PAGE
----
The 160-acre eco-friendly cannabis development (including greenhouses, currently on site, as well as research facilities) is secured around the clock by “retired military security experts entrusted with the protection of U.S. embassies around the world,” according to the website. “And Michael Dickerson [son of Kenny Dickerson, also working in the business] has tech drones, so if someone tries to fly a drone over, they’ll shoot it down,” says Bloss. “Their technology and growing methods are so proprietary and state of the art. … We have to wear hazmat suits when we go out to see the plants. [To put the value of cannabis in perspective] I’ve had friends who have lost $20 million to $30 million crops!”
Estimated room rates at Coachill Inn Resort will range from a very affordable $150 for a standard room (“priced below market, assuming guests will spend on products and services,” says Bloss) to $2,500 for the top-floor suite attached to a glass-encased private party lounge with a hot springs “river” running through.
“It will be upper midscale; 3.5 diamond quality and price; 4-star service and cleanliness,” says Bloss, adding that David Wallace of Florida-based DLW Architects designed the hotel. “It’s all about personal service and interaction. There is no front desk; it’s all going to be digital and iPads. We will have robots delivering to rooms and electric vehicles to use. In this day and age, if you’re not tech-savvy, why bother?” A clubby atmosphere is another focus. A block of rooms will be set aside during key events for frequent-stay VIP guests, who will have access to priority last-minute bookings.
Focused on health and wellness, the property will have each guest indicate health issues they would like to address, from sleep to back aches, in advance; upon arrival, a concierge will offer courtesy samples of hemp and CBD products as medicinal treatments. Products can also be shipped to guests after their stay. (“Next time you have an issue with your back or your sleep, who are you going to call?” adds Bloss). Guest rooms, pool and spa tap into the Desert Hot Springs natural mineral water. And there are plans for hemp furniture and uniforms, hemp embedded in the concrete and hemp cigarettes sold in a hotel retail shop, along with hemp- and CBD-infused products such as body lotions, gummies and tinctures, with sample sizes stocked in the guest rooms.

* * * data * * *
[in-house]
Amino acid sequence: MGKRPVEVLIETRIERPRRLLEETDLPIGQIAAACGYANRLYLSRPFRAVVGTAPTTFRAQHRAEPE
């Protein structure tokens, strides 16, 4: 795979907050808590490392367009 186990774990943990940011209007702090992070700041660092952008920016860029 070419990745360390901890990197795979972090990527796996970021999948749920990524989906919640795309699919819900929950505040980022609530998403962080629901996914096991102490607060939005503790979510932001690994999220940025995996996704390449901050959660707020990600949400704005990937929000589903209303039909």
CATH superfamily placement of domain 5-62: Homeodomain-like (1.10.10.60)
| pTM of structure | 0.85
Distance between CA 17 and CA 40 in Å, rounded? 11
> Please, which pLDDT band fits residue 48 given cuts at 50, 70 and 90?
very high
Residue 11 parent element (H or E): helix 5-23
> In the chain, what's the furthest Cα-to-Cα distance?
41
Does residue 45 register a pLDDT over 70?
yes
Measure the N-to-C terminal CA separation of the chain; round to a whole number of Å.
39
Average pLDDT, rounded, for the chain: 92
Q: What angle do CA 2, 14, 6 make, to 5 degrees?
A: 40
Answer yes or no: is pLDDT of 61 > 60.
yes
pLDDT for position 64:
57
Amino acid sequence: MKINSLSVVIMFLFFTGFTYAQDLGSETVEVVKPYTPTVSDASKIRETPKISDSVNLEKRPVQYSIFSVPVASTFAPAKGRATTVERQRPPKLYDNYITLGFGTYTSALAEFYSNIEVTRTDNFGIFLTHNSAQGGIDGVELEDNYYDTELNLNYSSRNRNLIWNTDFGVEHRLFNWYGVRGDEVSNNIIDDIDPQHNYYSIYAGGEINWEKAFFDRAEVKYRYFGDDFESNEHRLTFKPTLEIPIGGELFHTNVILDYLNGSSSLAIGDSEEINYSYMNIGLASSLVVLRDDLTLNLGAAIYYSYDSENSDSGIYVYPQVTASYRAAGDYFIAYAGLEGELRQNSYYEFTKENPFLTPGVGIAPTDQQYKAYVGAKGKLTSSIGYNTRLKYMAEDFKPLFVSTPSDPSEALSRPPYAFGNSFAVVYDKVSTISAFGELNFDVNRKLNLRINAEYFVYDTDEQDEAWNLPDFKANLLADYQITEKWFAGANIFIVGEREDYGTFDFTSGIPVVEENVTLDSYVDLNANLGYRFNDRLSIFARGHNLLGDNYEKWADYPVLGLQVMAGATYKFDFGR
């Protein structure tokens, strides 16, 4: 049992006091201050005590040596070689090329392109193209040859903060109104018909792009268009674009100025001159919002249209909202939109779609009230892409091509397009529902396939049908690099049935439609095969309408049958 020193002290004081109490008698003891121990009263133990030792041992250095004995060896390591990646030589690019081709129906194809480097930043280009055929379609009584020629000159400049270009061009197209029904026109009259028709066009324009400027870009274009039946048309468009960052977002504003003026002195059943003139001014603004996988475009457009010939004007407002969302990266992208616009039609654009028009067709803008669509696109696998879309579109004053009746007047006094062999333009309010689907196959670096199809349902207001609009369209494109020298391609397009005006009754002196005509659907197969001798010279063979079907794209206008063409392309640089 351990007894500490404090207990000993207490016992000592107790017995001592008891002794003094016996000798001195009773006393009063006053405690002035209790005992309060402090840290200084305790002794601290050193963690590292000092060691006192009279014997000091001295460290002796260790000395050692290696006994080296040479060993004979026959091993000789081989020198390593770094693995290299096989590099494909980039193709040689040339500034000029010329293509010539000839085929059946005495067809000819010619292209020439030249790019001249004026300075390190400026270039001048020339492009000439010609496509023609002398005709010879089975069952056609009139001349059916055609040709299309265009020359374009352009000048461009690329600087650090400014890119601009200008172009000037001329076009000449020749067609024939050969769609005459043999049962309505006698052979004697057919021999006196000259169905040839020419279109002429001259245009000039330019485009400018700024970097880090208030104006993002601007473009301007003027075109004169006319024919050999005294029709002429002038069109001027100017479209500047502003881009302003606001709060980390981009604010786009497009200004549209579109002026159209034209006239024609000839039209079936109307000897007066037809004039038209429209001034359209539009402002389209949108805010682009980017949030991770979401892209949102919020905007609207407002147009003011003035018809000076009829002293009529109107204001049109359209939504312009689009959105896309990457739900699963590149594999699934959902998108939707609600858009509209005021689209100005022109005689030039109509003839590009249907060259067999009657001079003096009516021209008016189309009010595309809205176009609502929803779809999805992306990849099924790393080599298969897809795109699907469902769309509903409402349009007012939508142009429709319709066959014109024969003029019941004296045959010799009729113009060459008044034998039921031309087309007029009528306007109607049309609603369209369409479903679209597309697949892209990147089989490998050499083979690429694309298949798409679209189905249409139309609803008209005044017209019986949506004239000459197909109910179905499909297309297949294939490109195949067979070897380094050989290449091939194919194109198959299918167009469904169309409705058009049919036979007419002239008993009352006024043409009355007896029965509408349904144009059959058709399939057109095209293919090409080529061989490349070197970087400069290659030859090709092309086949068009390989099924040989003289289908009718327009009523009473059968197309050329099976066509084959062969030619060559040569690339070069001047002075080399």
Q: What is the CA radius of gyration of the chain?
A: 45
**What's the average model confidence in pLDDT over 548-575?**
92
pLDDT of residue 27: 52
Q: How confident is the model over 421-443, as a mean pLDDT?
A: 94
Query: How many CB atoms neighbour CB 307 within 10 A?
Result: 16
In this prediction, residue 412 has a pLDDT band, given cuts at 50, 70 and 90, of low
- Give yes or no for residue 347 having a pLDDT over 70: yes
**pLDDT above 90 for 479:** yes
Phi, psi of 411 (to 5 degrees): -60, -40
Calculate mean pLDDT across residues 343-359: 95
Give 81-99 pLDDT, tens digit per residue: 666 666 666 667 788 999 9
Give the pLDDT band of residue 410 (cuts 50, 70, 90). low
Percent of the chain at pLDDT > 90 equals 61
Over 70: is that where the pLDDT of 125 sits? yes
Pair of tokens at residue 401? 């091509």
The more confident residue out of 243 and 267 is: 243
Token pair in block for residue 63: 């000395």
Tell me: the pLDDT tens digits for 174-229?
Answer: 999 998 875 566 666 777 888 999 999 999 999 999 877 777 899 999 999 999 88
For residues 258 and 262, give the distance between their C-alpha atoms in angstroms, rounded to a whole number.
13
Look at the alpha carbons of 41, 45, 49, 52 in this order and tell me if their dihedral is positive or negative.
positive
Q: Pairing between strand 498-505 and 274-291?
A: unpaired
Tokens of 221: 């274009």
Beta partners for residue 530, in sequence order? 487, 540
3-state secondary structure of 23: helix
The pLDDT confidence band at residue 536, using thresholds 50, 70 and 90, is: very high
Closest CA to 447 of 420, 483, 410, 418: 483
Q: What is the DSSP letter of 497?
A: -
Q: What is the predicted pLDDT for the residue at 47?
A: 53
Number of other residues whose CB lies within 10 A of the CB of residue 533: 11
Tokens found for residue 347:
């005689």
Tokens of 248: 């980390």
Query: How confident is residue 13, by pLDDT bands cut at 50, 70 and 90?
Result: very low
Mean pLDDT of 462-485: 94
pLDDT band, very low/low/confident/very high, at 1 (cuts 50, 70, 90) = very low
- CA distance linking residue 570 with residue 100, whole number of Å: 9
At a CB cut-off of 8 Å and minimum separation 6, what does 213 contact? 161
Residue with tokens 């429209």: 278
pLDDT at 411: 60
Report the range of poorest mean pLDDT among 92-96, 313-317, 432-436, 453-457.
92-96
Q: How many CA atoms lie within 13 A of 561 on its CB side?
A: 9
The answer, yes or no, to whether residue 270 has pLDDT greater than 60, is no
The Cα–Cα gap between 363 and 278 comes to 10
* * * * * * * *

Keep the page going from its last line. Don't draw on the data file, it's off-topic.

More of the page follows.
“We’re even going to shape the hot tub like a cannabis leaf, so each leaf is a private section,” says Bloss. “An upscale sports complex will include golf swing suites, tennis, basketball, pickleball and more. I’m working with chefs and spa operators to create recipes and treatments and exploring it from the regulatory side, the consumer side, and the production side. The hottest trend is bars, lounges and nightclubs that don’t have alcohol. So we are looking at mocktails infused with plants that are unique and healthy, yet create that social lounge-bar atmosphere.” Planned spa treatments include CBD infusions, oxygen therapy, and IV drips. “And guests can pop next door and add in cannabis,” he says.
That said, the hotel will focus on CBD and hemp, so as not to compete with the adjacent retail cannabis dispensary in the park with “in-house doctors offering medical consultations,” according to the Coachillin website, and a private members-only club and lounge on the second floor. Bloss says that he may eventually add a smoking lounge to the hotel and, until then, guests can smoke in many designated areas in the park.
In total, eight cannabis-centric hotel locations are in the works, with the next property to debut in Las Vegas, according to Bloss, followed by Northern California and Colorado (all in partnership with the Dickersons) as well as projects in Maryland, Michigan and Oklahoma.
“I will probably come to L.A. when your prices come down,” says Bloss. “The other problem in California is that you’ve got the best black market in the world for cannabis and the most licenses and distribution of anybody in the country. So it’s a tough market from the cannabis side, but it’s a great market from the consumer side!”
The plan is forward-thinking in terms of the cannabis world to come. “The idea is that it’s not a hotel — it’s a health and wellness resort to go to for years down the road,” says Bloss. ”Federal legalization is going to happen in my lifetime, well before my 30-year mortgage is over.”
This story appears in the Nov. 6 issue of The Hollywood Reporter magazine. To receive the magazine, click here to subscribe.